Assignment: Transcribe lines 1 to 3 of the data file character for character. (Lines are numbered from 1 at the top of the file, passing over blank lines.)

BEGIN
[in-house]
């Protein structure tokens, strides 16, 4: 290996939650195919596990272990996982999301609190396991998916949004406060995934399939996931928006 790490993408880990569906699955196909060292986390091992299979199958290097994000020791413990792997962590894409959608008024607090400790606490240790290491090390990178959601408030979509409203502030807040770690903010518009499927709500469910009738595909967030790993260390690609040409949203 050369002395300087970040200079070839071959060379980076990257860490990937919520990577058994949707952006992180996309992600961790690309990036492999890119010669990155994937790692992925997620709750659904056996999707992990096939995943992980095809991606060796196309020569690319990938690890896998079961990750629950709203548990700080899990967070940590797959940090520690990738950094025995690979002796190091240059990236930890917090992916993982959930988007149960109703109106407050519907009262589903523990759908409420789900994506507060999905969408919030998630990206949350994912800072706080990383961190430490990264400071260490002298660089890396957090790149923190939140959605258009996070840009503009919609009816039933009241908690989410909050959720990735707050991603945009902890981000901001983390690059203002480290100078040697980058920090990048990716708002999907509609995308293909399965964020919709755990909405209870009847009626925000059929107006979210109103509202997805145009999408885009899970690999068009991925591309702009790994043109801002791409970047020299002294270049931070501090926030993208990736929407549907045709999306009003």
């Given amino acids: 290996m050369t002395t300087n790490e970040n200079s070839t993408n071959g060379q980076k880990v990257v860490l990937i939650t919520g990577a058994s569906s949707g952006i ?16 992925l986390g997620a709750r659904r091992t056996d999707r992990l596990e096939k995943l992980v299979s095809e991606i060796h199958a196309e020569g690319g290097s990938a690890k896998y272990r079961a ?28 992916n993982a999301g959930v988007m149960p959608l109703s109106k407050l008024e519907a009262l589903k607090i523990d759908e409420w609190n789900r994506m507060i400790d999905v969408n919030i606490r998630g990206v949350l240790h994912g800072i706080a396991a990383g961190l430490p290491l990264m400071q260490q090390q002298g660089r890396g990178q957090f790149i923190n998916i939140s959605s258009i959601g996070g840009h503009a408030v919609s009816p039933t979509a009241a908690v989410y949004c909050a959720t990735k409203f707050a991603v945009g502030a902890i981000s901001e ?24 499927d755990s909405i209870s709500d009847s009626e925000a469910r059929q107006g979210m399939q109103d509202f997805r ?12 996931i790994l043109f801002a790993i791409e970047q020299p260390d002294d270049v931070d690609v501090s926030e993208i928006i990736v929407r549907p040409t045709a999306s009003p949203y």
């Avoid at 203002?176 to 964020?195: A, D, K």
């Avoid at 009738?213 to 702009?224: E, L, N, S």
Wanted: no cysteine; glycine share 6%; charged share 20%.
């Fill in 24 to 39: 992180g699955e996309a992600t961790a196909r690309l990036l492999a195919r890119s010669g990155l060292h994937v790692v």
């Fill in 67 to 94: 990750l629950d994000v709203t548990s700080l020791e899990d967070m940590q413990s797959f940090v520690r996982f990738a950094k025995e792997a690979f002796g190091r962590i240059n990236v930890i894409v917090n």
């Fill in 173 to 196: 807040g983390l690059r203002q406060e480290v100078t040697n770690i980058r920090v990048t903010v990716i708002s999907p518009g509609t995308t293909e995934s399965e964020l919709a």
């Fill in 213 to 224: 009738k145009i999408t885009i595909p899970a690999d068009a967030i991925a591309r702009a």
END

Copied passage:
[in-house]
């Protein structure tokens, strides 16, 4: 290996939650195919596990272990996982999301609190396991998916949004406060995934399939996931928006 790490993408880990569906699955196909060292986390091992299979199958290097994000020791413990792997962590894409959608008024607090400790606490240790290491090390990178959601408030979509409203502030807040770690903010518009499927709500469910009738595909967030790993260390690609040409949203 050369002395300087970040200079070839071959060379980076990257860490990937919520990577058994949707952006992180996309992600961790690309990036492999890119010669990155994937790692992925997620709750659904056996999707992990096939995943992980095809991606060796196309020569690319990938690890896998079961990750629950709203548990700080899990967070940590797959940090520690990738950094025995690979002796190091240059990236930890917090992916993982959930988007149960109703109106407050519907009262589903523990759908409420789900994506507060999905969408919030998630990206949350994912800072706080990383961190430490990264400071260490002298660089890396957090790149923190939140959605258009996070840009503009919609009816039933009241908690989410909050959720990735707050991603945009902890981000901001983390690059203002480290100078040697980058920090990048990716708002999907509609995308293909399965964020919709755990909405209870009847009626925000059929107006979210109103509202997805145009999408885009899970690999068009991925591309702009790994043109801002791409970047020299002294270049931070501090926030993208990736929407549907045709999306009003």
């Given amino acids: 290996m050369t002395t300087n790490e970040n200079s070839t993408n071959g060379q980076k880990v990257v860490l990937i939650t919520g990577a058994s569906s949707g952006i ?16 992925l986390g997620a709750r659904r091992t056996d999707r992990l596990e096939k995943l992980v299979s095809e991606i060796h199958a196309e020569g690319g290097s990938a690890k896998y272990r079961a ?28 992916n993982a999301g959930v988007m149960p959608l109703s109106k407050l008024e519907a009262l589903k607090i523990d759908e409420w609190n789900r994506m507060i400790d999905v969408n919030i606490r998630g990206v949350l240790h994912g800072i706080a396991a990383g961190l430490p290491l990264m400071q260490q090390q002298g660089r890396g990178q957090f790149i923190n998916i939140s959605s258009i959601g996070g840009h503009a408030v919609s009816p039933t979509a009241a908690v989410y949004c909050a959720t990735k409203f707050a991603v945009g502030a902890i981000s901001e ?24 499927d755990s909405i209870s709500d009847s009626e925000a469910r059929q107006g979210m399939q109103d509202f997805r ?12 996931i790994l043109f801002a790993i791409e970047q020299p260390d002294d270049v931070d690609v501090s926030e993208i928006i990736v929407r549907p040409t045709a999306s009003p949203y």